PURA Investigation Finds Eversource Failed to Comply with Standards of Acceptable Performance in Preparation, Response to Tropical Storm Isaias; UI’s Performance Underwhelming but Markedly Better
Ruling Mandates ROE Reductions, Comprehensive Management Audits,
Improvements to Emergency Response Plans
(New Britain, CT – April 28, 2021) – Connecticut’s Public Utilities Regulatory Authority (PURA) issued a ruling today finding that The Connecticut Light and Power Company d/b/a Eversource Energy (Eversource) and The United Illuminating Company (UI) each did not meet certain acceptable performance standards in preparing for, and responding to, Tropical Storm Isaias.
Today’s final decision in Docket No. 20-08-03 concludes an eight-month investigation following Governor Ned Lamont’s request for PURA to initiate a comprehensive investigation into how Connecticut’s Electric Distribution Companies (EDCs) prepared for and responded to the August 4, 2020 storm. Through the course of its investigation, PURA gathered extensive evidence regarding how each EDC performed before, during and after the storm that left over 1 million residents and businesses without power for an extended period in the midst of a global pandemic and a summer heat wave.
The investigation considered more than 500 written comments from the public, including 48 sets of comments from public officials, all of which expressed universal frustration with the EDCs’ response to Tropical Storm Isaias. The overwhelming majority of these comments cited monetary losses incurred from refrigerated items spoiling and other costs associated with buying fuel to back-up generators. Commenters also decried the inability to contact Eversource, and to a lesser extent, UI, to report outages, downed wires and other safety issues in the wake of the storm.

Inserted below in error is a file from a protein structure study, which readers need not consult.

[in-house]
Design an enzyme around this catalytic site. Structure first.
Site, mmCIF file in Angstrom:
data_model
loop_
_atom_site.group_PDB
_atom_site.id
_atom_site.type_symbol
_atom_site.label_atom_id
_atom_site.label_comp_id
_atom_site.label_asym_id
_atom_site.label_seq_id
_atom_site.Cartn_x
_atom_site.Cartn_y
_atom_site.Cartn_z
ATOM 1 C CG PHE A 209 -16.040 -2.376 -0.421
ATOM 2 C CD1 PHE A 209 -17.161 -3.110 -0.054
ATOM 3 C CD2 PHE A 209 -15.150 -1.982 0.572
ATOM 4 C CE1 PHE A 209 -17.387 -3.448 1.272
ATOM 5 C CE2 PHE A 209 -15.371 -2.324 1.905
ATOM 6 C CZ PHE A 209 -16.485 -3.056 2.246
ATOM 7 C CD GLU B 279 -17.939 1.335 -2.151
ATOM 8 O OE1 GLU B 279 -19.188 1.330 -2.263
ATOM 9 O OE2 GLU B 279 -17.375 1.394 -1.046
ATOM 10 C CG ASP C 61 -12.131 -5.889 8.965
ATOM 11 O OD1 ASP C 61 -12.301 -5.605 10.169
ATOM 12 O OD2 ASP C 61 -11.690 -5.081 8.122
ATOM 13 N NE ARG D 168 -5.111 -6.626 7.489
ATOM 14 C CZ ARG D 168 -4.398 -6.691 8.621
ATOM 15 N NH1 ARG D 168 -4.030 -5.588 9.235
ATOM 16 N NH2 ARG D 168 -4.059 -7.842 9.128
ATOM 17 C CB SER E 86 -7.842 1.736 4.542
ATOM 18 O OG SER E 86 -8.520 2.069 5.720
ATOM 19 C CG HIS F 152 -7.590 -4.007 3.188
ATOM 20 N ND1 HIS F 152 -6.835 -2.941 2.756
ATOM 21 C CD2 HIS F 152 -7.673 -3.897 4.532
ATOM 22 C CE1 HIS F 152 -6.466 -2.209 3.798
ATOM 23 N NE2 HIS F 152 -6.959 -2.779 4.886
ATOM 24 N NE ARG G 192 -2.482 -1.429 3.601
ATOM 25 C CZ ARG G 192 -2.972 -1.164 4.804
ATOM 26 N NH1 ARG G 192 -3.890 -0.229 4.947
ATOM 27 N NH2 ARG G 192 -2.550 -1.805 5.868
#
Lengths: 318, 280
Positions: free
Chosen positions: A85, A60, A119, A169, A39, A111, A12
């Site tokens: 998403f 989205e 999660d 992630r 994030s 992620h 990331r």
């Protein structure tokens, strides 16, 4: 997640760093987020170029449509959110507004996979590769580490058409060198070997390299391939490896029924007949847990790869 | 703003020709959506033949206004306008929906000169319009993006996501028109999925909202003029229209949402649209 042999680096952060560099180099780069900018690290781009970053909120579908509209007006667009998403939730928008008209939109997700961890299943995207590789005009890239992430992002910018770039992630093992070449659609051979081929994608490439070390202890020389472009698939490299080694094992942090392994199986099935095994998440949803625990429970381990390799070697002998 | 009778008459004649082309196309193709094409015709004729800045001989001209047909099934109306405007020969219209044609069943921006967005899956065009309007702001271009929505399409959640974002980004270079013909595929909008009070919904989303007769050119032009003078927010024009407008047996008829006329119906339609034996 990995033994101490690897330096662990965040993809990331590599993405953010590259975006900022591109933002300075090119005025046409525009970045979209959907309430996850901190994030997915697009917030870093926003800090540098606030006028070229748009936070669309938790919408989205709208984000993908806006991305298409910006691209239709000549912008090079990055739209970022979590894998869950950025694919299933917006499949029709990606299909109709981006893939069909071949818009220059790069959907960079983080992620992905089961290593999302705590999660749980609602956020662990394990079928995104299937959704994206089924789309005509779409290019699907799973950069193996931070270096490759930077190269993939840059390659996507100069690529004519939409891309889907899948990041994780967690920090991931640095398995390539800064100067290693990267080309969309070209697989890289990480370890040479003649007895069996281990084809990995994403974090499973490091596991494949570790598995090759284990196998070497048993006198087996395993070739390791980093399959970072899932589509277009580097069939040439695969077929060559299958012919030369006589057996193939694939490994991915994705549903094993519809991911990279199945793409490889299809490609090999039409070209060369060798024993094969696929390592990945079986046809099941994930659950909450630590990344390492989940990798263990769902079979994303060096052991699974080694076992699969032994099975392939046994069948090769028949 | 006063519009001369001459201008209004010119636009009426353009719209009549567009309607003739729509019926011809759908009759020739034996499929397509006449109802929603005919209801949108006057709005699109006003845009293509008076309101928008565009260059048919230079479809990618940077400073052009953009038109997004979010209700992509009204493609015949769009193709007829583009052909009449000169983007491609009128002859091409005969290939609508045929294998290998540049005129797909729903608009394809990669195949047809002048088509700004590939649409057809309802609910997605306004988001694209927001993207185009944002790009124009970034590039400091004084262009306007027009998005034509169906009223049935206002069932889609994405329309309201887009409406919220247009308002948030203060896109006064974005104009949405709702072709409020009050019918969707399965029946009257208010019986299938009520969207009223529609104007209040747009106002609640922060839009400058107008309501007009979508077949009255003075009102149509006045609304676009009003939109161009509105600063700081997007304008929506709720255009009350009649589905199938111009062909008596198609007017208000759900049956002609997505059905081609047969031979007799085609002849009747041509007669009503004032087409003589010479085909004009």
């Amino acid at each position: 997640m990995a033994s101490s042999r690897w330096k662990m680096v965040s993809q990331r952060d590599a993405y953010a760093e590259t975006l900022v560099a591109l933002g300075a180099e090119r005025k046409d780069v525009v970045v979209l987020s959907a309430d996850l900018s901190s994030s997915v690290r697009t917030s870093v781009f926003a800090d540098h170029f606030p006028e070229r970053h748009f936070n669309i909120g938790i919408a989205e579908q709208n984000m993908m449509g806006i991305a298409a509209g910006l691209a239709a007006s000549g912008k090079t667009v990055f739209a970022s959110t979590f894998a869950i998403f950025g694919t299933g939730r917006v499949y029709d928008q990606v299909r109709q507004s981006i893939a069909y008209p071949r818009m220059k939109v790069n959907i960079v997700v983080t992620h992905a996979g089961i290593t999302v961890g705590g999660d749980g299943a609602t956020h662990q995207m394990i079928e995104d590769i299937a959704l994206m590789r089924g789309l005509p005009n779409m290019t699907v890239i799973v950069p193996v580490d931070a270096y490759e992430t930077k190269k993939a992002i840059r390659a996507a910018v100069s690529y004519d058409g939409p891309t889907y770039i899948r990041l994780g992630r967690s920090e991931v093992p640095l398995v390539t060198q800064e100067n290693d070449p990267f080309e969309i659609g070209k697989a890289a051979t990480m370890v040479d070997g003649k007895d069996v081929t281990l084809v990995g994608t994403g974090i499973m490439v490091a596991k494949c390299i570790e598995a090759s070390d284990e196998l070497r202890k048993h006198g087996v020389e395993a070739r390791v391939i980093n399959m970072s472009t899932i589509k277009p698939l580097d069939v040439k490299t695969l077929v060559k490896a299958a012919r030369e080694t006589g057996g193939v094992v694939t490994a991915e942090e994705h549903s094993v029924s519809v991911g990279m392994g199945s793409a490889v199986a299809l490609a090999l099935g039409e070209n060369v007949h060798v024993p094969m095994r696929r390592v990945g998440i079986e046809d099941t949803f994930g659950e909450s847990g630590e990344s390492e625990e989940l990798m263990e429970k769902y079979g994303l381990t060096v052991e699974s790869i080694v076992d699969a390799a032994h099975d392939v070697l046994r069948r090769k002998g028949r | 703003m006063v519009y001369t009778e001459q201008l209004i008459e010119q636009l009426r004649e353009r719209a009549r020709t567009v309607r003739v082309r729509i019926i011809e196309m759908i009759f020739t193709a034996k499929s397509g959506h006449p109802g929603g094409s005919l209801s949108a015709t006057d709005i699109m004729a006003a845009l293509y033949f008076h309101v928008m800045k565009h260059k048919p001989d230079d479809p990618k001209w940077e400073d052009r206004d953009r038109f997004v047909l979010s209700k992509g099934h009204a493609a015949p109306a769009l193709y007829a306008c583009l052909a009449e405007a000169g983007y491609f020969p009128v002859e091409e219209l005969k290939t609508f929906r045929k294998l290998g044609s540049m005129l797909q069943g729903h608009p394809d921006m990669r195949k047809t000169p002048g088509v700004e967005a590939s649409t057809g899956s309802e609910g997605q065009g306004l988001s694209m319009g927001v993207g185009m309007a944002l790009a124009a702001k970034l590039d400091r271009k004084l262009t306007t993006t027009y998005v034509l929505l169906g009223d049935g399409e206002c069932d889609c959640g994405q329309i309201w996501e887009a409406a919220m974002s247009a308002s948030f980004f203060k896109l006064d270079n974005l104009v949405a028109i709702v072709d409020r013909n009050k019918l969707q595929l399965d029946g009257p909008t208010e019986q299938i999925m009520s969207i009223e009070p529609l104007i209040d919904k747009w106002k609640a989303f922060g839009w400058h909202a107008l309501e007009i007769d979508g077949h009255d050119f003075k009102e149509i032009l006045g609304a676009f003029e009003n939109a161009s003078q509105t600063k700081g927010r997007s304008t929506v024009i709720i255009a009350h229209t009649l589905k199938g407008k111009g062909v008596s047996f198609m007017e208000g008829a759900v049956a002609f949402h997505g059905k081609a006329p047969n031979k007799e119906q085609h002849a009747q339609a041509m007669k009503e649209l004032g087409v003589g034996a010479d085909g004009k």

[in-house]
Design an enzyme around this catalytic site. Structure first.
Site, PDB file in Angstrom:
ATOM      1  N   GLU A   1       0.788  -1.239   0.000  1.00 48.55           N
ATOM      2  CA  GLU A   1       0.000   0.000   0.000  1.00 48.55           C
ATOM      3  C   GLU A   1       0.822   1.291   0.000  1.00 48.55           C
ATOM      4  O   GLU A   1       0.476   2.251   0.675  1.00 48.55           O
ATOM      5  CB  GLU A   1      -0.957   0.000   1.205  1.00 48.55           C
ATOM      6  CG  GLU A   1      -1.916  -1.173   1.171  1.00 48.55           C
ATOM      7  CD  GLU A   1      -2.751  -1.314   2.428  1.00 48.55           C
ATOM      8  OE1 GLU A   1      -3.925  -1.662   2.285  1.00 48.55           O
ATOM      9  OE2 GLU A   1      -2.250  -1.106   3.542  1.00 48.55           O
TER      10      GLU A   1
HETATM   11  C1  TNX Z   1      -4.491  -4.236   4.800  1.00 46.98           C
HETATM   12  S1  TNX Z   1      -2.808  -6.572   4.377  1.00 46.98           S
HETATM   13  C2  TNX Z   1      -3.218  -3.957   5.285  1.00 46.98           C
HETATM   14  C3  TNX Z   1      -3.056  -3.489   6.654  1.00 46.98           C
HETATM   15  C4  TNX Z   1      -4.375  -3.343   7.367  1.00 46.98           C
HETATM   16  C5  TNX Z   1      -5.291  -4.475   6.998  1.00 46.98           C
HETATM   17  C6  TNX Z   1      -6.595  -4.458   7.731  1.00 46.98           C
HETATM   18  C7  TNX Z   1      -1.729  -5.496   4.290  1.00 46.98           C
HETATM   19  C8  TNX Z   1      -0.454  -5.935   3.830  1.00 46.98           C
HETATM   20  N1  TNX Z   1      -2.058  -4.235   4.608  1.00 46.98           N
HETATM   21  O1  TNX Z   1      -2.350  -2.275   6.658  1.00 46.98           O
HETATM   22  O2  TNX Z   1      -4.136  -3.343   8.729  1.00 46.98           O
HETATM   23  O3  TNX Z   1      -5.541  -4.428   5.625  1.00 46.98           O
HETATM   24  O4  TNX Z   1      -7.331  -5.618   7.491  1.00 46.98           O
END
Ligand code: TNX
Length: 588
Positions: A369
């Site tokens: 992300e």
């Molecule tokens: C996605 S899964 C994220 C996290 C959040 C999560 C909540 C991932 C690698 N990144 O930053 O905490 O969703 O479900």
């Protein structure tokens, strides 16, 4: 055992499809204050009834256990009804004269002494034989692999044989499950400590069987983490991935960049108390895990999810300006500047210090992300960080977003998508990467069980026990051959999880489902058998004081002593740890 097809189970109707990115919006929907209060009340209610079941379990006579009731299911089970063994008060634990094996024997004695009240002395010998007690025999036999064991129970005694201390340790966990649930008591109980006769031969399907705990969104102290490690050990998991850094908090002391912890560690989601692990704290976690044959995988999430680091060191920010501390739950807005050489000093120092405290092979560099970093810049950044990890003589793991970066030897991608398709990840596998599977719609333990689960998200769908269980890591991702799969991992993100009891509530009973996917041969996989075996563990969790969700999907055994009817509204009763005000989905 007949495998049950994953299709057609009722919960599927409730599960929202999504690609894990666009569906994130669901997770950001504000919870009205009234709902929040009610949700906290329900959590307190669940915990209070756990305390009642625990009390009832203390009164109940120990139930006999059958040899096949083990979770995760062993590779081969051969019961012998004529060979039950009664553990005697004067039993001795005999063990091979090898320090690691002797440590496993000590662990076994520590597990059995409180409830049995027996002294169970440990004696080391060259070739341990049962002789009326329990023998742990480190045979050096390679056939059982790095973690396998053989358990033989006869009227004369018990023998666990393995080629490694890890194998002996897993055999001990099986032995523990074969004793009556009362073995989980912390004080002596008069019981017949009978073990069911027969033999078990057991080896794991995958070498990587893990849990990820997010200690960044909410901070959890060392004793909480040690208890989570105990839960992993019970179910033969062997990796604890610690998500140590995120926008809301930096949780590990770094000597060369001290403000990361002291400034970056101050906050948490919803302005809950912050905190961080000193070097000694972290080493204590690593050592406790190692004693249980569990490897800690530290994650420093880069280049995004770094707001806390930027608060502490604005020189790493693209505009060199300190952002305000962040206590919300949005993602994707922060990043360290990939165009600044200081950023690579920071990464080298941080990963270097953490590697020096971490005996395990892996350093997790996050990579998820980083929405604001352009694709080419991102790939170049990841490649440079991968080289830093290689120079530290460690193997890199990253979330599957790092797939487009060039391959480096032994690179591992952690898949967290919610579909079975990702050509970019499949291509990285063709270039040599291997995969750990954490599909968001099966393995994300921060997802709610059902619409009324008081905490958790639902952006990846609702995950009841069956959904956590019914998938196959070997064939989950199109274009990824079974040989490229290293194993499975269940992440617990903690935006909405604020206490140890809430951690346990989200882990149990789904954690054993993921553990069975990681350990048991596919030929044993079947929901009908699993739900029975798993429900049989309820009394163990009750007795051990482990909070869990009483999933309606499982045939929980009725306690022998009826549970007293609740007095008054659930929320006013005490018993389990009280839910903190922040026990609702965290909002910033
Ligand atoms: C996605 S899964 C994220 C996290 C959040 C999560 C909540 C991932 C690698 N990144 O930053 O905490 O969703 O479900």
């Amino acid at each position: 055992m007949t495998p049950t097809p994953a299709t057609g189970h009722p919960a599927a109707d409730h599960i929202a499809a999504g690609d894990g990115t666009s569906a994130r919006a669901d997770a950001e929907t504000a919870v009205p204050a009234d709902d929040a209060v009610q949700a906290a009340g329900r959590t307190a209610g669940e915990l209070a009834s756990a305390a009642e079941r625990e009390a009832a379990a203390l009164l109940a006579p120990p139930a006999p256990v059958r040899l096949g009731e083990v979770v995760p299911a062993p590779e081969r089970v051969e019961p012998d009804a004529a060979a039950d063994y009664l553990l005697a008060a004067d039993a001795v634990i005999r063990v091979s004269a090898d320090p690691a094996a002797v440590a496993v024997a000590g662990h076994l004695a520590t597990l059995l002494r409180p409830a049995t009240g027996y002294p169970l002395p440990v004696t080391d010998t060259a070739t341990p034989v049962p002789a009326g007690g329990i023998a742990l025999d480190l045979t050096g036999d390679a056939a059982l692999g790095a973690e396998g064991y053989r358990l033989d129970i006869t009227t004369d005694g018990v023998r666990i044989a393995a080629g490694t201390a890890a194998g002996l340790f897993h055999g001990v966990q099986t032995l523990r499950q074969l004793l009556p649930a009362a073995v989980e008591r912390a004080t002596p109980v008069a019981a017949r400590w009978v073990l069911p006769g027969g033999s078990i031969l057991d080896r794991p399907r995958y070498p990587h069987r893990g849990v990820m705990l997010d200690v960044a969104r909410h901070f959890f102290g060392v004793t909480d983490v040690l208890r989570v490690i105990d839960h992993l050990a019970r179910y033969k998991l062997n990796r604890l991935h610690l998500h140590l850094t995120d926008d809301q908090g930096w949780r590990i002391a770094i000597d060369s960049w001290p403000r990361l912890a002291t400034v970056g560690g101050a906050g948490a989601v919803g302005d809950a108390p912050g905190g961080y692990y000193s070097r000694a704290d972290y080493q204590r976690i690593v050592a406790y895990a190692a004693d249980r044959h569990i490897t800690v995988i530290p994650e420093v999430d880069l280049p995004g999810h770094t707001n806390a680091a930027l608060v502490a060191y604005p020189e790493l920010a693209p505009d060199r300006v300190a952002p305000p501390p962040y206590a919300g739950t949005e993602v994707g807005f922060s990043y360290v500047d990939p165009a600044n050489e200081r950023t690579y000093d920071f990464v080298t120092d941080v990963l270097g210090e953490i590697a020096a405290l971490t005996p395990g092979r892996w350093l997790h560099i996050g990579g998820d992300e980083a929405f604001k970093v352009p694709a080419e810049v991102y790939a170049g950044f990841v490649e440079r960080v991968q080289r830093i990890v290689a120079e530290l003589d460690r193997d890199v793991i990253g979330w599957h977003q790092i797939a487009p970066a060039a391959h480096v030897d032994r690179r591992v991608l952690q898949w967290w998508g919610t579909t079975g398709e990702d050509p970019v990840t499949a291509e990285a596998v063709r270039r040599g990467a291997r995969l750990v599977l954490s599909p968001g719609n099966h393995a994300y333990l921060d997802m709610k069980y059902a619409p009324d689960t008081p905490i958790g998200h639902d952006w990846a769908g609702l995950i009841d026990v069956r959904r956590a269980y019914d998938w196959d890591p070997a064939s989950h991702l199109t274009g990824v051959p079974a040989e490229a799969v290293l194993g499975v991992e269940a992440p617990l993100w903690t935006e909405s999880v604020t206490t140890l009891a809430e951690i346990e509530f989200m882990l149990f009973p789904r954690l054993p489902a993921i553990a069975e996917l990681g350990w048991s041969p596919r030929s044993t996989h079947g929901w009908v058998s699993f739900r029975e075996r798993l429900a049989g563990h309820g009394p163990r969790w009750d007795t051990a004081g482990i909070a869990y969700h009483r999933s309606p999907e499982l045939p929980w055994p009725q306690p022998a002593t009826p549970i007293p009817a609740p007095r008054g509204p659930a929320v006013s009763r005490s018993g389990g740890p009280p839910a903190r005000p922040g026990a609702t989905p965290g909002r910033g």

Ultimately, PURA’s decision concludes that Eversource exhibited multiple deficiencies, failing to satisfy established performance standards for managing its municipal liaison program, executing its Make Safe responsibilities, communicating critical information to its customers, and failing to meet its obligation to secure adequate resources in a timely manner to protect the public safety and to provide for the overall public interest. The myriad failures were particularly poignant in the first 48 hours following the tropical storm when their inactions or deficiencies created a significant risk to public safety.
The investigation concluded that UI’s performance was underwhelming in certain areas, but was still markedly better than that of Eversource. While UI secured and deployed adequate line crews for the event, in communities such as Bridgeport, the company failed to meet all of its Make Safe obligations. The investigation also found that UI failed to meet its public safety obligations in responding to the highest priority calls.
Ultimately, neither electric utility fully met PURA’s or their respective customers’ reasonable expectations for managing a major storm event.
Consequently, legally binding orders mandated by today’s decision require numerous enhancements to the EDCs’ emergency response plans to ensure that both the companies and Connecticut ratepayers are better positioned to combat future climate events. PURA also announced that it will immediately move into the second phase of the proceeding – Docket No. 20-08-03RE01 – during which it will consider and enforce any civil penalties and further remedial or enforcement orders.
Due to response and management deficiencies identified during this investigation, PURA will require comprehensive management audits to be performed on Eversource and UI by an independent, third-party firm, to be scoped and commenced this summer.